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Monday will be the key test for Hong Kong's pro-democracy demonstrations and will determine whether it will be a lasting movement, according to analysts.
The number of protestors has grown to more than 200,000 since it began last Friday, in part because of the public holidays on Wednesday and Thursday, which have enabled more residents to protest against Beijing's decision to deny the territory full freedom to choose their next leader.
But how much longer protesters can maintain their momentum is up for debate, especially come Monday, when the long weekend wraps up and the city returns to business.
Nicholas Consonery, China analyst at Eurasia Group, says if demonstrations can sustain itself into Monday, as he expects, there's a higher likelihood of intervention by riot policy "via the use of force if necessary." But this could also further aggravate protesters.
"The resulting use of force by police will only reinvigorate protesters and bring more into the streets, meaning that the back-and-forth lasts for weeks or even months but is mostly manageable," he said.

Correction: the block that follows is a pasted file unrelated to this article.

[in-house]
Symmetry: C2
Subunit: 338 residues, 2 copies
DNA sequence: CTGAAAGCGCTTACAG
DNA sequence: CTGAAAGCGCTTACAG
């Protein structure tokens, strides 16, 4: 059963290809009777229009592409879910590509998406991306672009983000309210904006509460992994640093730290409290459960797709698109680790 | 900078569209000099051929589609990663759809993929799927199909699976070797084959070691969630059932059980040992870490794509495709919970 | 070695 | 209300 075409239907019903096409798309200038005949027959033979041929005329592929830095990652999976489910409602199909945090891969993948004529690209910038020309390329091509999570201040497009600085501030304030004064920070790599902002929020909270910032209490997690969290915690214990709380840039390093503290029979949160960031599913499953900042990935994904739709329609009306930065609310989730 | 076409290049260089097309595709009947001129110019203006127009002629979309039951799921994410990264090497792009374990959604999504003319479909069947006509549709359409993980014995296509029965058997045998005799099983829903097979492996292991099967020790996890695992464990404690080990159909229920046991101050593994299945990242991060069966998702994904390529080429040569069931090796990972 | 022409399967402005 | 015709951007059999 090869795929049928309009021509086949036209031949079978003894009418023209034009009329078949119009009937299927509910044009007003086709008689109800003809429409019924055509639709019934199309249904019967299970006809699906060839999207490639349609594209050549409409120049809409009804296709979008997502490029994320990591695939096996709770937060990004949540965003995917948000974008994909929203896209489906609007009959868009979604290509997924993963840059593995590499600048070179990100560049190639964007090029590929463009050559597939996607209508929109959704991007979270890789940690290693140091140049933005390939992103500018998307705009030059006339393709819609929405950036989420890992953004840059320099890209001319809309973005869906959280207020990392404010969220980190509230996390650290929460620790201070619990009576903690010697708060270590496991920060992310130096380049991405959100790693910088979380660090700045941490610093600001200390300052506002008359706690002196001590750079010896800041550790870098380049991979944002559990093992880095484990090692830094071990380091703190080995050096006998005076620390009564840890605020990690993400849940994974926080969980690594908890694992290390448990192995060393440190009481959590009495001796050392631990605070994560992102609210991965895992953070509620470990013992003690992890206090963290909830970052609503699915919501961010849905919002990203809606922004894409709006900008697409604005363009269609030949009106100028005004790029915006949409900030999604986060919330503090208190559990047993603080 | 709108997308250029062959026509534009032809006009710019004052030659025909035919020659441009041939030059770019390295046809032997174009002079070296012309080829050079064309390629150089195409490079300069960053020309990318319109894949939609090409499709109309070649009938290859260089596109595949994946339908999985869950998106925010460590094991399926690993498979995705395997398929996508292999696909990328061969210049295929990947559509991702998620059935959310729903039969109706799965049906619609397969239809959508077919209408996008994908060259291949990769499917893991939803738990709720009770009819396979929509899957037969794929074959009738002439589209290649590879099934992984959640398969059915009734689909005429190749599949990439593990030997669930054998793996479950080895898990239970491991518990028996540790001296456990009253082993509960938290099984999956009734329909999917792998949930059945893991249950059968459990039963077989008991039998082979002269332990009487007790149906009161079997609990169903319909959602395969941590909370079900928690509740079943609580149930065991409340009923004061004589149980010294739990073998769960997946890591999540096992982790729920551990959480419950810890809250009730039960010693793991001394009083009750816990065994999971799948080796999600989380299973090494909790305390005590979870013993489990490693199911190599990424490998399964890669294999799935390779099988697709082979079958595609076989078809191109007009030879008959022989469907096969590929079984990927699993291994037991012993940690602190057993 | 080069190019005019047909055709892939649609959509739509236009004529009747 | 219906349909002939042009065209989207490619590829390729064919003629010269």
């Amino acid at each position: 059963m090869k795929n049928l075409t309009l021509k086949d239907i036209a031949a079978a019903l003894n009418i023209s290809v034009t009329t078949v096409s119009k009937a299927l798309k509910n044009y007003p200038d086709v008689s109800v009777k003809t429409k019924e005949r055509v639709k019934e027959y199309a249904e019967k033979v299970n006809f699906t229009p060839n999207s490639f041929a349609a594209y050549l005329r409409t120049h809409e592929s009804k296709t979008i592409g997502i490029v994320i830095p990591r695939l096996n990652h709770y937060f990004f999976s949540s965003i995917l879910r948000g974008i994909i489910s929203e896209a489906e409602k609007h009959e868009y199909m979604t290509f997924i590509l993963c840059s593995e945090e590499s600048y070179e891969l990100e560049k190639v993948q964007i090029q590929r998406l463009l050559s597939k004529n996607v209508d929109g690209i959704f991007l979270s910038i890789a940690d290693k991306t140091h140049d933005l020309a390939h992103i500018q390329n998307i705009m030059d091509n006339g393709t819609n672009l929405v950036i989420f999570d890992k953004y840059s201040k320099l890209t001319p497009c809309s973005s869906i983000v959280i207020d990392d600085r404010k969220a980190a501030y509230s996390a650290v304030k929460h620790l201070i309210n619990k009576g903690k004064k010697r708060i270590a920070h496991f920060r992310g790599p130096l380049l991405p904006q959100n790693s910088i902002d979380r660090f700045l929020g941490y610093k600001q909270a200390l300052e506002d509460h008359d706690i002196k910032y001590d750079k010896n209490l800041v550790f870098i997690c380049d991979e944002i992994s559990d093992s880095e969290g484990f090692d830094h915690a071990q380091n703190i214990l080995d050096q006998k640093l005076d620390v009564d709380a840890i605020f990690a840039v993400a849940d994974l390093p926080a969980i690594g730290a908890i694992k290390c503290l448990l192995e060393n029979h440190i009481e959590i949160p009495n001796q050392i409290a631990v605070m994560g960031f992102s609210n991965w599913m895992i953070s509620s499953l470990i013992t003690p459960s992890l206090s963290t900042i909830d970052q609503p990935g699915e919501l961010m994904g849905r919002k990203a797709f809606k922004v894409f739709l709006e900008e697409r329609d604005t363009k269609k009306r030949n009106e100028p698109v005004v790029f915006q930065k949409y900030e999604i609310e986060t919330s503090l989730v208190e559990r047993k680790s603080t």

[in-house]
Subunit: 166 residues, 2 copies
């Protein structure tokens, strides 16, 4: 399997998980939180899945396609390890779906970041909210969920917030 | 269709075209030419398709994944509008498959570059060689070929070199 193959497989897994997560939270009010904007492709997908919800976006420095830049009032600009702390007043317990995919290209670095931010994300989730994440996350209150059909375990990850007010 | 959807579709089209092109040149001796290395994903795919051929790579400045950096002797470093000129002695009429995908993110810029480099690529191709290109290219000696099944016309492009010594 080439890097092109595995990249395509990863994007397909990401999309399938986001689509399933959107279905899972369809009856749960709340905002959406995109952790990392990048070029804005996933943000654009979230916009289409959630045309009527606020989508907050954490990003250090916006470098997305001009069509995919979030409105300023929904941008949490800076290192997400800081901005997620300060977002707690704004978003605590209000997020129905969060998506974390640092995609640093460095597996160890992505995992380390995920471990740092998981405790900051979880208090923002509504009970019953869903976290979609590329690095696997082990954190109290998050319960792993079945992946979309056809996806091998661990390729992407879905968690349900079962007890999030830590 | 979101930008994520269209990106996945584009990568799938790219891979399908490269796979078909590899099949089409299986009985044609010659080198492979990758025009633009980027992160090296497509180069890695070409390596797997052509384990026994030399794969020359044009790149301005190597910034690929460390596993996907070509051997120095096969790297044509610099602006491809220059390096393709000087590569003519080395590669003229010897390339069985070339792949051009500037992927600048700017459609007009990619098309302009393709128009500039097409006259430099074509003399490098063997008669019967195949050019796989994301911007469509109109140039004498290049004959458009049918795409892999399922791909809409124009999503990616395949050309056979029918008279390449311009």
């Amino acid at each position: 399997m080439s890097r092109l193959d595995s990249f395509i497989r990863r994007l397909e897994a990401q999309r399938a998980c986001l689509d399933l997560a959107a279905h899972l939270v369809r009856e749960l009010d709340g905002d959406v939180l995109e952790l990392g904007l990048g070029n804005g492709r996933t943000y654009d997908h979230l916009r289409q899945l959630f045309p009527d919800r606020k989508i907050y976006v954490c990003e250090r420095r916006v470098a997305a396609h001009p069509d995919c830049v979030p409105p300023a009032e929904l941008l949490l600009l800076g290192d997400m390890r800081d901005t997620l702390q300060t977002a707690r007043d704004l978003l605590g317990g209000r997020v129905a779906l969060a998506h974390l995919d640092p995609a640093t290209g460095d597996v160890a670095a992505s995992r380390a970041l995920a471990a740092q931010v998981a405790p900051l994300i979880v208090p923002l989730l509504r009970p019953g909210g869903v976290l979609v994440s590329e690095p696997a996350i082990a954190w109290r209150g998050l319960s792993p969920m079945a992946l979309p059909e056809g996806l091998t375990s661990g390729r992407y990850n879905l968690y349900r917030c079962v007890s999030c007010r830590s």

What started as a largely-peaceful movement by students turned violent over the weekend after police fired volleys of tear gas and pepper spray to disperse protesters blocking the main street in the financial district.
Since then, the protests – which have been impeccably organized and widely described as "polite" – have spread across huge swathes of the city and shutting down schools, businesses and banks in the affected areas.
According to Michael DeGolyer, professor at Hong Kong Baptist University,it's unlikely the territory can survive a prolonged period of unrest, especially where livelihoods are at stake.
"We'll see a fair number of layoffs on Monday, if this is not brought to a hold," he said. "A lot of students have parents that work in the industry, and for those who don't, they will see people around them losing their jobs and become concerned."
While China has largely kept out of the standoff, DeGolyer says through actions such as halting visas for tour groups heading to Hong Kong, Beijing is targeting the city's tourism and retail sector.
"It looks like an 'Anaconda' scenario is developing, where we will have a slow strangling of the movement," DeGolyer said.
On Friday, when banks open there could be a significant outflow of funds, he added, which could sent a strong signal to the city's business sector that there are indeed implications for the economy.
"Watch the exchange rate on Friday," DeGolyer said. "It will be economic pressures that will shift public opinion."